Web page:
How many days did you have, Little Sparrow? A few, here and there, but always swallowed by the darkness. It seems the sunshine came only on a man’s shoulders…and it seems it was always inappropriate…and ill fated. Then Marcel Cedan entered your life. He too fought his way up from the streets. Yours were Parisian, his Algerian. His streets became a ring, and then cheering thousands of fans, as with you, and his hunger clobbered men into submission. As with you, he fought his way to the very top, and into your Sparrow’s heart. Another inappropriate liaison, but this time it seemed to be blessed. But you had your nurse and guard too and a routine flight to Paris, and you ended in strewn wreckage and black headlines. And once again the Little Sparrow is alone, seemingly abandoned and rejected by the very angels that gave her the song she sang. And in time the angels defeated the demons and you too were free of the struggle. And another part of me is gone.
Yet I somehow continue, not knowing, from time to time, if it’s the mercy of the angeles that keeps me going, or my defiance of the demons. There have been so many songs cut off in mid verse, so many seemingly lost bridges.
I was locked up with Bud Powell shortly before he died. A man I used to see, and hear, almost weekly at one time, along with so many others like Prez, Bird, and countless others who walked our path. But was one of the greatest musical geniuses of the 20th century, and when I think of him the image that comes to mind is not of him at the old Roost or Birdland, but leaning against the wall in the psyche ward at King County, eating a candy bar and grinning the grin of a man separated from himself. So many times I have seen him hunched over the keyboard, a quart container of beer on the piano, with imagination and brilliance, creating music second by second. But that’s not the image of Bud that comes to mind, but rather Bud hanging over the piano they rolled into the ward, that same grin on his face, hunting, hunting, hunting across the keyboard, unable to find what he had many years before found and had already given to us.
So many are gone. I loved them . . . and still do. And so many of them are gone. Have been for many years. And yet I remain. Here. Now.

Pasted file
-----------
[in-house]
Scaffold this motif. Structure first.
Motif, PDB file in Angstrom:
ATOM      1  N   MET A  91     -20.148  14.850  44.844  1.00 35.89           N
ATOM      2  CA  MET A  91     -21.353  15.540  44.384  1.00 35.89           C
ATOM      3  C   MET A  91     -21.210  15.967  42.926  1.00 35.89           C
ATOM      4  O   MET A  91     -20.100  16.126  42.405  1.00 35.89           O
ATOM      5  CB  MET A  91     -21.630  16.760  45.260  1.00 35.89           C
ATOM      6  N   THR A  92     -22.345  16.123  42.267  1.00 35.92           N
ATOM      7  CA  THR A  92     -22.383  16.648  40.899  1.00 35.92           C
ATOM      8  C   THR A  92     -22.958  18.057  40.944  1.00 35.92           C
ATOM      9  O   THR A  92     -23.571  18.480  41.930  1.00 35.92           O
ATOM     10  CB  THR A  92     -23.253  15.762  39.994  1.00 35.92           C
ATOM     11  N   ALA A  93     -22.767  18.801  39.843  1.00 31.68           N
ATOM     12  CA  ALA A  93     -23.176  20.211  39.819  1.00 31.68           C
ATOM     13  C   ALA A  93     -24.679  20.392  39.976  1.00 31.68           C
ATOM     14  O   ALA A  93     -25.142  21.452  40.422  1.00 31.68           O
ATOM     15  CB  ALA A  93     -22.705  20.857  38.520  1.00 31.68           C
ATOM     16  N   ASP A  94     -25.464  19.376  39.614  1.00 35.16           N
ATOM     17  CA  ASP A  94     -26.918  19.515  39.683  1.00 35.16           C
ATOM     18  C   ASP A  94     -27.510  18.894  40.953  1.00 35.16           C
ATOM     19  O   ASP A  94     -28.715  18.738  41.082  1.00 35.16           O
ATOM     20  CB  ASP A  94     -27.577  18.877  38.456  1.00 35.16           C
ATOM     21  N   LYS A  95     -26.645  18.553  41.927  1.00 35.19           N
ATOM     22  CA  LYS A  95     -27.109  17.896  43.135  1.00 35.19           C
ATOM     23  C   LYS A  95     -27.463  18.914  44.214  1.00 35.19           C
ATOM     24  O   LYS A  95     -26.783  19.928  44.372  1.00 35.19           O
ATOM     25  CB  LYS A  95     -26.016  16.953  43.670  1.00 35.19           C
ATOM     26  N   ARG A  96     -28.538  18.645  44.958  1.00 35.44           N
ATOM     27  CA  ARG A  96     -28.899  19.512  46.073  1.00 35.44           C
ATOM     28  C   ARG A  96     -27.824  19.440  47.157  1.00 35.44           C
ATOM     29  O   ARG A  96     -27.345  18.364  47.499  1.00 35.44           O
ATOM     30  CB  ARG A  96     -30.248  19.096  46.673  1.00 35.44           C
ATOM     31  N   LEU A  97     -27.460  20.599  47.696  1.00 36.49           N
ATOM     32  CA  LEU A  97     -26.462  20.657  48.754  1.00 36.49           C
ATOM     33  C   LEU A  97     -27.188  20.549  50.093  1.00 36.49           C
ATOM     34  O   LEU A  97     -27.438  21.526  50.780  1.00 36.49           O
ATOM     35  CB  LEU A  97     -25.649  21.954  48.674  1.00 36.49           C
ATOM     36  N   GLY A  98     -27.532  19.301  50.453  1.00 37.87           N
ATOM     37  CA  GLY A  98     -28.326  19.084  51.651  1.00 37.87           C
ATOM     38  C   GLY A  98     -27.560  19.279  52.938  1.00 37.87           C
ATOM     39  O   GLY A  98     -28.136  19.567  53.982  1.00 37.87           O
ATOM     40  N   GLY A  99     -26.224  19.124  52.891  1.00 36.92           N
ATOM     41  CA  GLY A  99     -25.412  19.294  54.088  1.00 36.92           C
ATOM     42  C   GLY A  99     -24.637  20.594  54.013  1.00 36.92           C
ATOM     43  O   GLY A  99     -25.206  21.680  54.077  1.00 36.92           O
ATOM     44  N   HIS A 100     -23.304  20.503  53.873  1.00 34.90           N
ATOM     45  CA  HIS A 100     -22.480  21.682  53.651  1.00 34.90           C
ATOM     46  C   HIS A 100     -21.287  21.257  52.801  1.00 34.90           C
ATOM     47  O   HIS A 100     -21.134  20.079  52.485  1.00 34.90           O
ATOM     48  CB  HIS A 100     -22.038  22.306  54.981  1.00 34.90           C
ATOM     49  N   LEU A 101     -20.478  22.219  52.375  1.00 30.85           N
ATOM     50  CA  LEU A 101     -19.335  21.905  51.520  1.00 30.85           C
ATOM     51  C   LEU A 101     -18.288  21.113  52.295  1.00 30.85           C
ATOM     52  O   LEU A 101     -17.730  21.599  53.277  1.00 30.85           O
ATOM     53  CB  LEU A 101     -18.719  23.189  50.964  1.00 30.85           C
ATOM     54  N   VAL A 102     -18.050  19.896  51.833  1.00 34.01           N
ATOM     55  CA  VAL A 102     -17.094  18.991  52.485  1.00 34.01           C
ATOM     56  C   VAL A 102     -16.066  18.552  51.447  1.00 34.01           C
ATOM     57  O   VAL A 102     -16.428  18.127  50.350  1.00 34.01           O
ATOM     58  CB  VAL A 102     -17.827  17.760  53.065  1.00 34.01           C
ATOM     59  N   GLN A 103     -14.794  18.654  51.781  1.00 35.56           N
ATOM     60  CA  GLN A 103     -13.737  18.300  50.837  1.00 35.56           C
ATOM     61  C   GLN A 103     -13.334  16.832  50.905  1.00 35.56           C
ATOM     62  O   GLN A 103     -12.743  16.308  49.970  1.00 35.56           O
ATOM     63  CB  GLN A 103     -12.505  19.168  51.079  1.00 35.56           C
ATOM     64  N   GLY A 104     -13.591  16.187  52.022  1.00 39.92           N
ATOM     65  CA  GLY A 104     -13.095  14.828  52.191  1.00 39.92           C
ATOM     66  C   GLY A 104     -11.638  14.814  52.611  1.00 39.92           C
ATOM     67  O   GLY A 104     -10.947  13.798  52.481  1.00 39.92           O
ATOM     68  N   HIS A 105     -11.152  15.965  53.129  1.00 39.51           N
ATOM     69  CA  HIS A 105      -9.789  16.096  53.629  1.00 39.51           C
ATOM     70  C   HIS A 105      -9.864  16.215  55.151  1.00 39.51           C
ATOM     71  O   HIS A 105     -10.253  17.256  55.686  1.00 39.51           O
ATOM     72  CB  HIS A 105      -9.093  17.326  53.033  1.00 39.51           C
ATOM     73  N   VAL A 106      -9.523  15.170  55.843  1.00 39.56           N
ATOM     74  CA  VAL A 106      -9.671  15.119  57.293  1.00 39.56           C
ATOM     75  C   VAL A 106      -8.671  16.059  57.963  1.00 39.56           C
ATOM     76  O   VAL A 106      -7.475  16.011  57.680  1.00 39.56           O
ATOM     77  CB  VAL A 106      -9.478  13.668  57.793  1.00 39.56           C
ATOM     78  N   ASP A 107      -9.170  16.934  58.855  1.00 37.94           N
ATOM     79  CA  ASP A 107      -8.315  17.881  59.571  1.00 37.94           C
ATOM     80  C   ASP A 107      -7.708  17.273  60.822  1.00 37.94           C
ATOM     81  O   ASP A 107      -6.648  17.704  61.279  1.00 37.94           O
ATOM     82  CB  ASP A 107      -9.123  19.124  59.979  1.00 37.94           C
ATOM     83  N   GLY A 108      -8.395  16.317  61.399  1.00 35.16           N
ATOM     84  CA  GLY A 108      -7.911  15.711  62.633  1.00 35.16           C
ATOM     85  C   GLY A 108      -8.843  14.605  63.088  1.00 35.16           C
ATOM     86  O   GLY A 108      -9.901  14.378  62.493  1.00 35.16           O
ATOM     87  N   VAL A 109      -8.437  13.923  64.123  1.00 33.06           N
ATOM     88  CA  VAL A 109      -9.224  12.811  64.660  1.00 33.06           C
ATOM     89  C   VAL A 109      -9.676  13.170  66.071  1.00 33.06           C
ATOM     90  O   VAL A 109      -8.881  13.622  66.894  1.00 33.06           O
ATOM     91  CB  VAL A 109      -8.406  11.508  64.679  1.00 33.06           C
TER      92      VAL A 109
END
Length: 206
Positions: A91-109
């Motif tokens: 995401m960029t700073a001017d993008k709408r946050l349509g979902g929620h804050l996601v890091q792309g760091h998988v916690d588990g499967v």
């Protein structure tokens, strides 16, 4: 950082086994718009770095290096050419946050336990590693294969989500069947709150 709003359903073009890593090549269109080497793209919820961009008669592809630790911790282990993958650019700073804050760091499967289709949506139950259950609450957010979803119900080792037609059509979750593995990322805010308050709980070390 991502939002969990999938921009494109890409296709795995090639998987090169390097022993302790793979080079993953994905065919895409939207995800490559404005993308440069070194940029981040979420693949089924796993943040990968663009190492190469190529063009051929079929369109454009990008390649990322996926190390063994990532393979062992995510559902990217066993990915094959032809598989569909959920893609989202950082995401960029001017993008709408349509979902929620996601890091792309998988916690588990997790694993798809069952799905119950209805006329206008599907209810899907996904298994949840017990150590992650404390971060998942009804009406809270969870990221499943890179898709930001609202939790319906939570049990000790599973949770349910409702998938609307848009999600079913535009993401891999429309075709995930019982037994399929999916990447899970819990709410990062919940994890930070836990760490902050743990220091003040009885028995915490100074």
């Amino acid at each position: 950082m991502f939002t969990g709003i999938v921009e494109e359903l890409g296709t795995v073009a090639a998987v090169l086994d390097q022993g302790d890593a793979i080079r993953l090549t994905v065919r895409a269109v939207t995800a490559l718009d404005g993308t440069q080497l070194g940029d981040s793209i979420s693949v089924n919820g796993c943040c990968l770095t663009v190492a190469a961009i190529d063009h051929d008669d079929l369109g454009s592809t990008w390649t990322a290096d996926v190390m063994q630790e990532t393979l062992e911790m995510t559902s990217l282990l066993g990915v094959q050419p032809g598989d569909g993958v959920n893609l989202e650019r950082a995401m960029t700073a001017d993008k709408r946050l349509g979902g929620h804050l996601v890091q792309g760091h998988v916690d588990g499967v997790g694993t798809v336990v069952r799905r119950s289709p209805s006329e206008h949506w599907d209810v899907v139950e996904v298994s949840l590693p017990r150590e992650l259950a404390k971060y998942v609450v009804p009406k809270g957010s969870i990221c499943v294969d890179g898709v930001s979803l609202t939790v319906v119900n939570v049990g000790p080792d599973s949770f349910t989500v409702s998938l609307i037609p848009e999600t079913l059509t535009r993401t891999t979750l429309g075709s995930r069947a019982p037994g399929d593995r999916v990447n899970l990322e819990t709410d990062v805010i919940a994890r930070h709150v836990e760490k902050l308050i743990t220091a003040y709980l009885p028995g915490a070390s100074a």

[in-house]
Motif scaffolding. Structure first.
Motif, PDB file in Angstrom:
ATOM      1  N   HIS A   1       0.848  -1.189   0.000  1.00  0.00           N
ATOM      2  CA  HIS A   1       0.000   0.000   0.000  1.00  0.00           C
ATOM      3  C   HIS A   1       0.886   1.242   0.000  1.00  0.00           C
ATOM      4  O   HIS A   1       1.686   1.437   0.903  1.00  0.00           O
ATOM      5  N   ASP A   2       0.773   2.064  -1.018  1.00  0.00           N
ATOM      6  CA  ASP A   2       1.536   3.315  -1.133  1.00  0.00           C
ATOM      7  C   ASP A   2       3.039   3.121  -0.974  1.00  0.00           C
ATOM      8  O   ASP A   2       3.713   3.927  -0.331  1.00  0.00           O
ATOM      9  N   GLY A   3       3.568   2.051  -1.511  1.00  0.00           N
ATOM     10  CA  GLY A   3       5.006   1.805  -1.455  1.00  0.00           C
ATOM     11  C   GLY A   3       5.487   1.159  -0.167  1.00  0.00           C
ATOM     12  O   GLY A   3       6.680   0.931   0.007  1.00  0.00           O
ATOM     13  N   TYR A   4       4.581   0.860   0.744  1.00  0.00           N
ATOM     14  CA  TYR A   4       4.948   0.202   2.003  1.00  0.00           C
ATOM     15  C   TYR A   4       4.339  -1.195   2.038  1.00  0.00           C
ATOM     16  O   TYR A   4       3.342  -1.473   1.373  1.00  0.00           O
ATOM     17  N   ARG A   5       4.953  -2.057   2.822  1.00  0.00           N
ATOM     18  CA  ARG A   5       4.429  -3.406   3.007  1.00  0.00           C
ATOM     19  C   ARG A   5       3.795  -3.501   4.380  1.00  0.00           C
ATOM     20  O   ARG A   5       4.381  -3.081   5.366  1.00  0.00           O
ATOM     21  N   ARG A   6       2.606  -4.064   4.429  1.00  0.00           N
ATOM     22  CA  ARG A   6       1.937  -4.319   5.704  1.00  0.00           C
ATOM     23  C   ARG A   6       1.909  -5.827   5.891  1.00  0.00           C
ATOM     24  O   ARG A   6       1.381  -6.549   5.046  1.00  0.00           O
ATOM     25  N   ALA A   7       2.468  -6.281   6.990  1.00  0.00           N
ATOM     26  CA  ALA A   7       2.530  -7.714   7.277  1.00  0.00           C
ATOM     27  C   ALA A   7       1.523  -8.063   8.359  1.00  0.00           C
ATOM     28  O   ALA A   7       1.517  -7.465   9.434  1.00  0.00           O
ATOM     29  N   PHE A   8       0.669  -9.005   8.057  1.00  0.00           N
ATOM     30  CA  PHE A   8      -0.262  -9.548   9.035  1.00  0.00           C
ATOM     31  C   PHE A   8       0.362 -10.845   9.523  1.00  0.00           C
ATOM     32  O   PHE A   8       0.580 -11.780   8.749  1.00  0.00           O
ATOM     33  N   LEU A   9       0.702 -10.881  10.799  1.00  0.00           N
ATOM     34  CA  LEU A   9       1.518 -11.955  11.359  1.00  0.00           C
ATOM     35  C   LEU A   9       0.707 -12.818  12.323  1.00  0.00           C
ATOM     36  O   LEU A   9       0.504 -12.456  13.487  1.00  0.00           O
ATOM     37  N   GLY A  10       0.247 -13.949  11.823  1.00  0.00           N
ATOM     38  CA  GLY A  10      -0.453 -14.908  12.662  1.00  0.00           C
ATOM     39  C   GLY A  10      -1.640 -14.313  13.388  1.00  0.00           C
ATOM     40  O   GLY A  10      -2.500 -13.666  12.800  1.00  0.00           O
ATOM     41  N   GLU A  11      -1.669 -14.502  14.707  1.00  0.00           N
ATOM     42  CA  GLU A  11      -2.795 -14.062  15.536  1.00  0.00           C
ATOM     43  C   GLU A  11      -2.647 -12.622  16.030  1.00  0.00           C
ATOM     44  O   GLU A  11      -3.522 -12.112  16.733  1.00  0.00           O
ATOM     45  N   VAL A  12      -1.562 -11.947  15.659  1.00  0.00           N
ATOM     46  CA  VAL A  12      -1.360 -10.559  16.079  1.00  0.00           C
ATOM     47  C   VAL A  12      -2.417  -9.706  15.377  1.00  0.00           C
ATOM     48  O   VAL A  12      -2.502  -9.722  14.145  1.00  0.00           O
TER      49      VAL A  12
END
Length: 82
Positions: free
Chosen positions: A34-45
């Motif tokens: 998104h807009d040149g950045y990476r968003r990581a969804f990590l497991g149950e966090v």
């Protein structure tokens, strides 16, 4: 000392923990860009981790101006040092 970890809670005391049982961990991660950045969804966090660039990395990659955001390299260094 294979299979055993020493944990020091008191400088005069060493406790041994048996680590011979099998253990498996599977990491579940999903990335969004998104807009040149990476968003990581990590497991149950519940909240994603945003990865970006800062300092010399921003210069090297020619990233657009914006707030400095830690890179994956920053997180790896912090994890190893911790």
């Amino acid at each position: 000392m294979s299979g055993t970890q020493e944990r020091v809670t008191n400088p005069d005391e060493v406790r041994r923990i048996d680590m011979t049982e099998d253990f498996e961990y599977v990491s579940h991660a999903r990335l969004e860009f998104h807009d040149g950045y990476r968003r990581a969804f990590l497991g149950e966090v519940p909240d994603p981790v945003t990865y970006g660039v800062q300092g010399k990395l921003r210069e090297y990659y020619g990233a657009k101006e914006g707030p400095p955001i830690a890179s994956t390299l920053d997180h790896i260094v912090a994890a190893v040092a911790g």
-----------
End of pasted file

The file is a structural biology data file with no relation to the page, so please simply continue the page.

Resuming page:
And from time to time, I think.
Not why I’m here and they’re not. Not a case of: They were so much more talented than I. I am far beyond wondering and/or comparing. I think about finishing their song by singing mine. I believe not only that I can, but that I must, or what is heaven for? I believe there is only one song in the Universe, and we are the song. . . . You, me, Billie, Piaf, Bud all singing the same song in our own way. Only one song . . . so we must keep singing.
O God, help me . . . help me to sing my song so theirs can go on and their nonexistent flesh cast off its scars, those blue-dotted cries of pain. O my dear, sweet God, I love my friends as I do You and would sing their songs for them so their spirits can rejoice and cast off the habitual shackles that kept them chained in their cells. I pray that no pain goes unsoothed, no fear unloved, and that I will continue to hear Your song sun by Your kids, and we will all rejoice in the Spirit that continues to see not beauty in ugliness, nor joy in pain, but Infinite Possibilities in each other.
The Sparrow showed us it can be done. As did Billie, Bud and millions of others who everyday sing. Your song through endless heartbeats of pain. I thank all of you . . . all of you. . .
And every time I managed to get one more breath into this body I will sing a song of thanks to you my brothers . . . my sisters . . .my friends . . .
May your sleep be peaceful and angels sing sweetly in your ears.